The assertion came during Green’s visit to India 26th August 2010: British Immigration Minister Damian Green has used his visit to India to once again reiterate his government’s stand of intolerance to racism.
Green made it clear that the Government was exceedingly eager to stamp out anything that gives rise to any kind of racism.
The assertion came after Green met Minister for Overseas Indian Affairs Vayalar Ravi on a three-day visit to India for discussing a number of issues related to immigration.
Green said immigration level has been too high over the last 10 years that has put pressures on our public services and some areas of our society…One of the things I am extremely keen is to cut down anything that gives rise to political extremism, anything that gives rise to any kind of racism," he said.
The assertion is significant, as research by the Institute of Race Relations has ‘exposed the reach of racial violence that continues to spread across the county’.
Random street attacks by gangs of youths; attacks on workers in isolated jobs, such as taxi drivers, takeaway and restaurant owners, and railway staff; alcohol-fuelled racist abuse; arson attacks and cases of graffiti and vandalism — all figure in a list of `some of the most serious cases of abuse and physical violence’ between January and June 2010. The list was released by IRR only recently.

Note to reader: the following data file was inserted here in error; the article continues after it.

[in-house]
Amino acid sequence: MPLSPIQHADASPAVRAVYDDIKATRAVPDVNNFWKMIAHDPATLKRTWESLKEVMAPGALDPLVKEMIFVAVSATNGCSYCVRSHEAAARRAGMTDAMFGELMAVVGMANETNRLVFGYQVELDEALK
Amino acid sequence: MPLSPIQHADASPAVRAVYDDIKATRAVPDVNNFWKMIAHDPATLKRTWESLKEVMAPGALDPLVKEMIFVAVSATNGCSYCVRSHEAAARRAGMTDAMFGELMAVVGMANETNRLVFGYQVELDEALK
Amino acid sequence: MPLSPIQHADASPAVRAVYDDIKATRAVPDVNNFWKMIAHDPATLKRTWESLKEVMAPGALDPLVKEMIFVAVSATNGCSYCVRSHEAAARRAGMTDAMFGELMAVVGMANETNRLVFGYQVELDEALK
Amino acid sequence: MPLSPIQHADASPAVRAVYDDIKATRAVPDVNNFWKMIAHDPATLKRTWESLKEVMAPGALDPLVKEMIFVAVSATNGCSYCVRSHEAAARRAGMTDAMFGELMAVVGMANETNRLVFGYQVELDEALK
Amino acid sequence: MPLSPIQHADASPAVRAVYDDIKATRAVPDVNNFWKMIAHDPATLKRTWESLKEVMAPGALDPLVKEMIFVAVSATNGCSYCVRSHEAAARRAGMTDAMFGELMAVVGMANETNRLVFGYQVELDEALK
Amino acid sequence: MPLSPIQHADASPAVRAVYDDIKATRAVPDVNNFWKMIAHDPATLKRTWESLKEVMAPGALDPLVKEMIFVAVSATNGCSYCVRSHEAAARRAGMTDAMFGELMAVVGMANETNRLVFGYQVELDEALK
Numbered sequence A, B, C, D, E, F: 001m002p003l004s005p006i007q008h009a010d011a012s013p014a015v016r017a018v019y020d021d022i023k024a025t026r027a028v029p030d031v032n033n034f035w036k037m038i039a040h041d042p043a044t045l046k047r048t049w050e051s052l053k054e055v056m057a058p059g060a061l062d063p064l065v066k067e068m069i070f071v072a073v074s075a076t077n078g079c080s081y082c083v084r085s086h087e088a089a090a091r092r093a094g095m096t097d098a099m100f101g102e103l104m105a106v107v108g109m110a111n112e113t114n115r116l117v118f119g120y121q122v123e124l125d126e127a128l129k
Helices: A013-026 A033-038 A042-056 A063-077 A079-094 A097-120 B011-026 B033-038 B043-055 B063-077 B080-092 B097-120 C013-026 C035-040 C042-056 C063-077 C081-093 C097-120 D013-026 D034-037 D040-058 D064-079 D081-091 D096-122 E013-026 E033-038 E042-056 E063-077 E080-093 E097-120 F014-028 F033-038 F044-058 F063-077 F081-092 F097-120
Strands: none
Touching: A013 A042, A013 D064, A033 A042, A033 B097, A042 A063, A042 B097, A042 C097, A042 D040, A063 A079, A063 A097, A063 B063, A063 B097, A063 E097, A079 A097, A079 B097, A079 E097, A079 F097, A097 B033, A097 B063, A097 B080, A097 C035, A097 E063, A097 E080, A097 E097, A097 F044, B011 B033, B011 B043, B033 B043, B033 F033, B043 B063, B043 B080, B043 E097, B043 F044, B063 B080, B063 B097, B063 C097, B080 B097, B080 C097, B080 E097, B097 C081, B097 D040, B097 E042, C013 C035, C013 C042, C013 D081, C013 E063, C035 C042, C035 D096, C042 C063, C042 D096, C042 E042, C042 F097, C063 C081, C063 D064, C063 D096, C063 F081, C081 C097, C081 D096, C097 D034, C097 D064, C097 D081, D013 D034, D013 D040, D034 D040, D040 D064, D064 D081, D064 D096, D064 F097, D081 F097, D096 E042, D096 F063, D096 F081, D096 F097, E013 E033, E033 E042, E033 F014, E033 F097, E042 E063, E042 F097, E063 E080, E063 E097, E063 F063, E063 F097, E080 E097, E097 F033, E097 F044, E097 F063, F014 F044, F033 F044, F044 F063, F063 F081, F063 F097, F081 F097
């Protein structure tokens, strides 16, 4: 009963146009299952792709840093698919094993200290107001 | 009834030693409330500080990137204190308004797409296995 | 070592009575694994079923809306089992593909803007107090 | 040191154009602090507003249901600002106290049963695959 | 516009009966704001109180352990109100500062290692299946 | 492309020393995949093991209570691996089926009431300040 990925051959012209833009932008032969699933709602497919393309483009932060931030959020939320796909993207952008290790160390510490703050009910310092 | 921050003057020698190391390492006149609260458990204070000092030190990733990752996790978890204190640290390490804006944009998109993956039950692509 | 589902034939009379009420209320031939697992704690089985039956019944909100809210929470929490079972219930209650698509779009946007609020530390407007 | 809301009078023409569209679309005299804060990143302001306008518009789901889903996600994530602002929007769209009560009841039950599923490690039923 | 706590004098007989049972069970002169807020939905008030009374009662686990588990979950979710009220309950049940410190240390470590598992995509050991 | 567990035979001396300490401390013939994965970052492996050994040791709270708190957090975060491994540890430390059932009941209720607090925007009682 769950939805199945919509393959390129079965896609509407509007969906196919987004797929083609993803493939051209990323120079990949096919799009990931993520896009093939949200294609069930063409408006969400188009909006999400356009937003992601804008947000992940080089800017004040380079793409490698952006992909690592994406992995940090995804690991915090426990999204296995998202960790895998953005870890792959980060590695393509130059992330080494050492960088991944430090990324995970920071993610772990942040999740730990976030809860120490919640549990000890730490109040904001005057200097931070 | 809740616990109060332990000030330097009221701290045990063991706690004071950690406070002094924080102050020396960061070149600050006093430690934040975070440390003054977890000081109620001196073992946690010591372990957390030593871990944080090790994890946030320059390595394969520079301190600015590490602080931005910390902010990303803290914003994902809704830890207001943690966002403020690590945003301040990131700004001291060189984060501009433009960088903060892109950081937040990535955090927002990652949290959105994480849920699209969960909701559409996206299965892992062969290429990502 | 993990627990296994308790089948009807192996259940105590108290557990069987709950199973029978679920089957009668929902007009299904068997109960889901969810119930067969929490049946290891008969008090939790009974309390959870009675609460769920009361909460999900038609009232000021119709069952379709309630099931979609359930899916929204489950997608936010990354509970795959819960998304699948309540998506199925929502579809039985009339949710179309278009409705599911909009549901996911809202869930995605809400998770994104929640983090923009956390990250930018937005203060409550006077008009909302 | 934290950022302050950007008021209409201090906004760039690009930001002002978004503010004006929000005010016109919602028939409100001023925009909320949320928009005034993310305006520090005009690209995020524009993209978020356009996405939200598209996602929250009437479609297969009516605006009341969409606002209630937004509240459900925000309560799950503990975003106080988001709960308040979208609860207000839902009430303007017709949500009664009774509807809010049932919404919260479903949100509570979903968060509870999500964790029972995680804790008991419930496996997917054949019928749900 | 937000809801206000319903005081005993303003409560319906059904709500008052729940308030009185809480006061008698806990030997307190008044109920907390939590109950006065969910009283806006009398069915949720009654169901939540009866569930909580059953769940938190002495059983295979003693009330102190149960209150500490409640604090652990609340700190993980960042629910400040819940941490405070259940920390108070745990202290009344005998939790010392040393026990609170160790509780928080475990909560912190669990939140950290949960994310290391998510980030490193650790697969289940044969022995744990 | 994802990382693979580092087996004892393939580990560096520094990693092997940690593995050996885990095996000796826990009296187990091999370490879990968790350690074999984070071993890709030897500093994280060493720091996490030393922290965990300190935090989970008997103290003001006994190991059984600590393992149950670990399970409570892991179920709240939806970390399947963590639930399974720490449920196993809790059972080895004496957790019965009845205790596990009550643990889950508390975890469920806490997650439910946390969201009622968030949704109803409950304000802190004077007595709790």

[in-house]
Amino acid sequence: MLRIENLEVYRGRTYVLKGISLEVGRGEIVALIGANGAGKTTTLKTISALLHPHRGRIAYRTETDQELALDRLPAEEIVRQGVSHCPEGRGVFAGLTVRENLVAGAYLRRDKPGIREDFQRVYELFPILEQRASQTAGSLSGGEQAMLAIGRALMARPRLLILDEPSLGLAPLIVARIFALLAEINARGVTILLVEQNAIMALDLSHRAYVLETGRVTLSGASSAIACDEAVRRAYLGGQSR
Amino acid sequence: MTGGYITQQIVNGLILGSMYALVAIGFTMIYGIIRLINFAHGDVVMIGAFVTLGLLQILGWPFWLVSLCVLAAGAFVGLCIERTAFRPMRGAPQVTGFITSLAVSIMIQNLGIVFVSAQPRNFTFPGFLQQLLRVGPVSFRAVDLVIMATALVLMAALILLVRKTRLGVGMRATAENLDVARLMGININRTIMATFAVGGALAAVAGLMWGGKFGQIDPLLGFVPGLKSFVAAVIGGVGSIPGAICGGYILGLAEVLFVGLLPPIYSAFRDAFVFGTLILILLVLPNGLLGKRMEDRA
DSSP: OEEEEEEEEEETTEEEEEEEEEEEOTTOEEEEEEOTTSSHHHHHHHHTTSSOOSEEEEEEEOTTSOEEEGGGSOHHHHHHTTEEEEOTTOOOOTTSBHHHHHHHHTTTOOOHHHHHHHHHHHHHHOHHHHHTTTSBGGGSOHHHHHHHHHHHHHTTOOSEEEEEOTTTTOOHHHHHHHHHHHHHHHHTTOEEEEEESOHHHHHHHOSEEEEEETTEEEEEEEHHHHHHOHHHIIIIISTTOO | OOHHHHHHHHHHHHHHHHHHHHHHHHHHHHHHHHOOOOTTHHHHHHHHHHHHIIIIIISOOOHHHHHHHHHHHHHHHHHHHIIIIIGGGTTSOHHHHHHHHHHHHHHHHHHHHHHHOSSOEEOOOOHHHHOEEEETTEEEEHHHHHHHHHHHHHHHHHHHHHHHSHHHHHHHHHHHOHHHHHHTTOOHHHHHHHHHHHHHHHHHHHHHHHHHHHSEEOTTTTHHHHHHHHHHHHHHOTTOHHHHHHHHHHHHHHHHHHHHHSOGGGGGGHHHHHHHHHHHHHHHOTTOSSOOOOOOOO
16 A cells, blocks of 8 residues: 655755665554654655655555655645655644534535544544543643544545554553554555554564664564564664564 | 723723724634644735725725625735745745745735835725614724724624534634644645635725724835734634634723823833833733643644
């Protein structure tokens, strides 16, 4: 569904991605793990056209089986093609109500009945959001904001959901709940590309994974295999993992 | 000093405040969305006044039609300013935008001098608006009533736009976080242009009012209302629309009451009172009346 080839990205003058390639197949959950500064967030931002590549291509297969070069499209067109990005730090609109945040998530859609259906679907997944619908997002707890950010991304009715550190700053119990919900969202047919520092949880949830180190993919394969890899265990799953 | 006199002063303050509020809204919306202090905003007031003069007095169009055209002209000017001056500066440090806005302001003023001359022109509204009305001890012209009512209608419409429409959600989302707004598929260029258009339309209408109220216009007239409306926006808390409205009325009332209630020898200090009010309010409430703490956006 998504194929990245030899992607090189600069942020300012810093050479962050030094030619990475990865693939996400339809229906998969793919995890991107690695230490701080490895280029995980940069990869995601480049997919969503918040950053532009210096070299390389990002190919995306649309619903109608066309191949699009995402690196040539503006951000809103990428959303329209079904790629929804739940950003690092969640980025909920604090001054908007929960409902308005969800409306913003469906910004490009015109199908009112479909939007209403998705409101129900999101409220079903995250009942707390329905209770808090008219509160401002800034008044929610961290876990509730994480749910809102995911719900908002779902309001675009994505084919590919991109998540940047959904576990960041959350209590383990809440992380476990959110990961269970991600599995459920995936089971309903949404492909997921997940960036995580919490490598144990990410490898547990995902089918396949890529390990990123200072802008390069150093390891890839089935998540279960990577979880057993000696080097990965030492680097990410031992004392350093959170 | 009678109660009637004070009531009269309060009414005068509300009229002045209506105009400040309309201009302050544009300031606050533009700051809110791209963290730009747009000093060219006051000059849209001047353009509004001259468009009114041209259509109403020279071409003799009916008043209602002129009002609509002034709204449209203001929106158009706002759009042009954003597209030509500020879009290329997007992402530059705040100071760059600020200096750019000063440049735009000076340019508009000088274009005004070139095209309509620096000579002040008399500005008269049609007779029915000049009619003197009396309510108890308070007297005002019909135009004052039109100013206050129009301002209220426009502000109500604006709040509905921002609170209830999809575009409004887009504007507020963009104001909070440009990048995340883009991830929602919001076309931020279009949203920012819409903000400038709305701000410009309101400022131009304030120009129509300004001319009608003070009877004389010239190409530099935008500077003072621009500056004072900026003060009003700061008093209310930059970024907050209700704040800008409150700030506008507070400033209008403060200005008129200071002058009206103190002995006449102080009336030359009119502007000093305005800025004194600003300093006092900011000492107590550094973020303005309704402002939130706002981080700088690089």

Ethnic minorities in the UK consider professions including banking, politics, law and journalism, as closed off to them, another report had revealed.
The report, `Aspiration and Frustration’ by Race for Opportunity, revealed that racism was still prevalent in the workplace: more than a fifth said they had been offended by a racial remark in their place of work. Chinese were the most egregious victims with 35% citing an example, followed by a quarter of Pakistanis.
The report also showed despite ethnic minorities having a strong work ethic and high career aspirations, many rule out careers in the professions because of perceptions of racism.
According to the study, no profession was seen as devoid of racism. Close to half of all respondents, including white Britons, perceive the police to be a racist profession, rising to 72% for Black Caribbeans. Similarly, over a fifth of Black Caribbeans consider the media and legal industries to be either subtly or overtly racist. More than a quarter cited politics as another problem area, rising to 30% when white respondents were excluded and 39% for the Black Caribbean group.